HN Gopher Feed (2017-08-29) - page 1 of 10
Don't Fall for Babylonian Trigonometry Hype
31 points by robinhoustonhttps://blogs.scientificamerican.com/roots-of-unity/dont-fall-fo...
anateus - 32 minutes ago
This is a great article touching on the several ways in which this
new Plimpton 322 hype is overblown. There's usually a paper like
that comes out every few years :)If you're interested in learning
more about Babylonian math-history I highly recommend Jens H?yrup's
Lengths, Widths, Surfaces.
chroem- - 25 minutes ago
This article seems to boil down to "stop liking what I don't like."
Is Wildberger's distaste for real numbers eccentric? Yes. Is
there anything fundamentally wrong with what he is proposing?
Absolutely not.As long as rational trigonometry is logically
consistent then you really can't argue against it except on
aesthetic grounds. I don't see why popsci outlets like Scientific
American should feel the need to rally the public against rational
trigonometry on emotional grounds.
AnimalMuppet - 21 minutes ago
I didn't read it that way. They are rallying against the claim
that rational trigonometry is "superior" or "more accurate", and
not on emotional grounds.
Lazare - 12 minutes ago
I disagree.Mansfeld and Wildberger made a number of trivially
provable false claims. I read the SciAm article as 1) focusing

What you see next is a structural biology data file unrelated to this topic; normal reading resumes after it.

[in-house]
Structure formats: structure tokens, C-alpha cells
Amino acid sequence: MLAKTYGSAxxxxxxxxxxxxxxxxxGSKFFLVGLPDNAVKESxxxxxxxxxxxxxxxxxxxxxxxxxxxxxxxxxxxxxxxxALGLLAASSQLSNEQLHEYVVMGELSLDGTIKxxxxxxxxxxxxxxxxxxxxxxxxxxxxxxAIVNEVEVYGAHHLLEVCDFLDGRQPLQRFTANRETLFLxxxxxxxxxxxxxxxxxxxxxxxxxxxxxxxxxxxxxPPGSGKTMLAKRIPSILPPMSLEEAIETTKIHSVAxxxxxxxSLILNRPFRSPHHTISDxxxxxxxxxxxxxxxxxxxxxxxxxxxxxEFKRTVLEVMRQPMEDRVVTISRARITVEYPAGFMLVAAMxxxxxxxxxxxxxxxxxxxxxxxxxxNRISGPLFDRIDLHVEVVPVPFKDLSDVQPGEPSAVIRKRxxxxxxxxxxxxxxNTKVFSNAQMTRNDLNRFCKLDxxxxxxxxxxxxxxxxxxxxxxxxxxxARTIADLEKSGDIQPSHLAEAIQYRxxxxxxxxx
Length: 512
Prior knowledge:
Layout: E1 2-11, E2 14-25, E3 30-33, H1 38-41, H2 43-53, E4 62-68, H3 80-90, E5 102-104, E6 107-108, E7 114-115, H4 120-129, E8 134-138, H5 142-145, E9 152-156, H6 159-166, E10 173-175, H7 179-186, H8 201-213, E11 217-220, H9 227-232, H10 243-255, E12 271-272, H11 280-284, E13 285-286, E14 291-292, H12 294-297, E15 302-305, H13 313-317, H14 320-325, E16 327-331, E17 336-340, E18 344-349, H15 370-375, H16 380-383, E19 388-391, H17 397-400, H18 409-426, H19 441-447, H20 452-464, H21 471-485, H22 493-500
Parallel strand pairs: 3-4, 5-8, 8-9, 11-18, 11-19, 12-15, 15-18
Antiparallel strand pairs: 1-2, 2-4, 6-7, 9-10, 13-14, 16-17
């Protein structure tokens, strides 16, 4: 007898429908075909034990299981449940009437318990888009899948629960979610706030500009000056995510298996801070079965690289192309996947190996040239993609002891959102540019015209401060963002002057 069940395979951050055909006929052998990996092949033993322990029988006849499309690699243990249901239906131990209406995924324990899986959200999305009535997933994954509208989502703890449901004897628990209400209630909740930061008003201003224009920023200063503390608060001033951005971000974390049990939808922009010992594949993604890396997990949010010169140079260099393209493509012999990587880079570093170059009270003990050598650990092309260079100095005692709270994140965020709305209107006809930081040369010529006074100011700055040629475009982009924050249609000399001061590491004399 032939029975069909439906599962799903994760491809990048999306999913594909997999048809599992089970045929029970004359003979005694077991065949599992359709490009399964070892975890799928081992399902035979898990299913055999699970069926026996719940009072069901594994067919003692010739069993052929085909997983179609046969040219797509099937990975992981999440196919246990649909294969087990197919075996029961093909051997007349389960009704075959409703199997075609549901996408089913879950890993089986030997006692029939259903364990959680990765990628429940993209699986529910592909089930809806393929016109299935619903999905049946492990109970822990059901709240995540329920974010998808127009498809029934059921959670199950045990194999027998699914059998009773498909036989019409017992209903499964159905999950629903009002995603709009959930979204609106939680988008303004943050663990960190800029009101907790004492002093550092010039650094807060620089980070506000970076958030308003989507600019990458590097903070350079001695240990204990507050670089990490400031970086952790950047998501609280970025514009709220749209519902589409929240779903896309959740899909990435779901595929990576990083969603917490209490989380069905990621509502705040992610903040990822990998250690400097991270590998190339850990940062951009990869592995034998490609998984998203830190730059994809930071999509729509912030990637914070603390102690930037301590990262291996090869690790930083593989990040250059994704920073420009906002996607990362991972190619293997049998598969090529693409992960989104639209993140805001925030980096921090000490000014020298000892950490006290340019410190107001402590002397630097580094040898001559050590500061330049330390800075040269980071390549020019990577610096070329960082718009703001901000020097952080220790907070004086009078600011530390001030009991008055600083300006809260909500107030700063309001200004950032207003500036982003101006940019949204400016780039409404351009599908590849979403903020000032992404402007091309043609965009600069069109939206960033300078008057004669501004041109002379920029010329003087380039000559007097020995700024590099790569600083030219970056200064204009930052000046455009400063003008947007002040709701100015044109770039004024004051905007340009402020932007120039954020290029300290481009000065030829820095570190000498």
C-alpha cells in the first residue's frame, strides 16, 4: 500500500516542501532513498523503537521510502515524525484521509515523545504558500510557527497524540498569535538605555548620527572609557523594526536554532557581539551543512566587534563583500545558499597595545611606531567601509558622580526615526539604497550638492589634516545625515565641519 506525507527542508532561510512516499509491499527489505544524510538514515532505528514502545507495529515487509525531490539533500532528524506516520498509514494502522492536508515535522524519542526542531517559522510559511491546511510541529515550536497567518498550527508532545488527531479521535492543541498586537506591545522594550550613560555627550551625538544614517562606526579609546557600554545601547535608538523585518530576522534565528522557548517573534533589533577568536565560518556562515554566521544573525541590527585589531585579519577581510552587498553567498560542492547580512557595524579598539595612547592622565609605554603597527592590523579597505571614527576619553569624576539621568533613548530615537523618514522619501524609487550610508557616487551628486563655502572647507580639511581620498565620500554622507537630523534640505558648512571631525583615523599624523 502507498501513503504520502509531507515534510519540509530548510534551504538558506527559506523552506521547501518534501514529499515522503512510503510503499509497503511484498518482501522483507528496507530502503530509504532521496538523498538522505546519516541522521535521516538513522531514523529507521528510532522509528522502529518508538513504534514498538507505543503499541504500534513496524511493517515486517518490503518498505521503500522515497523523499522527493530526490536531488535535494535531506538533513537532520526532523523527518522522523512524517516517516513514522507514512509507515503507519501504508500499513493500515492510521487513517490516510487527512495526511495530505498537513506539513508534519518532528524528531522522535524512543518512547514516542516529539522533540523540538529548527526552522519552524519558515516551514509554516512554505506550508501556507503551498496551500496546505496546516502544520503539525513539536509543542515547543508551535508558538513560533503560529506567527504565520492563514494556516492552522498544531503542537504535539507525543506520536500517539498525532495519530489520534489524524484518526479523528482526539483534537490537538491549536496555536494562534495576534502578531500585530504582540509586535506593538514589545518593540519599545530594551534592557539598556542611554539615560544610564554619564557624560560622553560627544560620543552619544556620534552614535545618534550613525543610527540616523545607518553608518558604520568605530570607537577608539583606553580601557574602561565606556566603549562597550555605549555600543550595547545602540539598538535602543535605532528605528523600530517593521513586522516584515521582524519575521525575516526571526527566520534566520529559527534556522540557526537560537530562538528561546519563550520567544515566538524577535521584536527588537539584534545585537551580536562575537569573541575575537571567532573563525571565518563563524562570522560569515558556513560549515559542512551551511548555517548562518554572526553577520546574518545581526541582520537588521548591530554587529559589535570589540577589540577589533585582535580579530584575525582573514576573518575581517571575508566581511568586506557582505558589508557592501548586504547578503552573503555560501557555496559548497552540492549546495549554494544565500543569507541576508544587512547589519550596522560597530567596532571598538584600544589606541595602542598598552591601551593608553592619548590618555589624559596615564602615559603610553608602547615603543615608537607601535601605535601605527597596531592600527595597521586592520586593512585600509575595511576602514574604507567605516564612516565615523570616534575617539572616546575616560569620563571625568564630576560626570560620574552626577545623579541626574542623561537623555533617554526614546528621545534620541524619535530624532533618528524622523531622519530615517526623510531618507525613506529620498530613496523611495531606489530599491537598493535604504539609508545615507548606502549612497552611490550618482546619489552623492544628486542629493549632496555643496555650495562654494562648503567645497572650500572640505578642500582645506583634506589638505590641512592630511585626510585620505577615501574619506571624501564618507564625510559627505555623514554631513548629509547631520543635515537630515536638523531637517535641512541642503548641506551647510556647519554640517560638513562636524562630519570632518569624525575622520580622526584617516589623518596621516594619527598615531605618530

on their false claims and 2) not trying to "rally the public"
against rational trigonometry at all, much less on emotional
grounds.In particular, Mansfeld and Wildberger (especially as
reported in other outlets) are making the claim that "rational
trigonometry" is more accurate, and that's a concrete claim with
is 1) easily verifiable and 2) wrong.And that's not even touching
on the bizarre claim that "we count in base 10, which only has
two exact fractions: 1/2, which is 0.5, and 1/5." There's so
much wrong with that, it's hard to know where to start.
chroem- - 3 minutes ago
>that's a concrete claim with is 1) easily verifiable and 2)
wrongI fail to see how it's wrong. If you call Math.sin(x) it
will return a numerical approximation of sin(). Would you care
to elaborate rather than casually dismissing it?> There's so
much wrong with that, it's hard to know where to start.Such as?
60 has more prime factorizations than 10, and therefore using
it as a numeric base will result in you encountering fewer
irrational numbers. You really can't argue against that.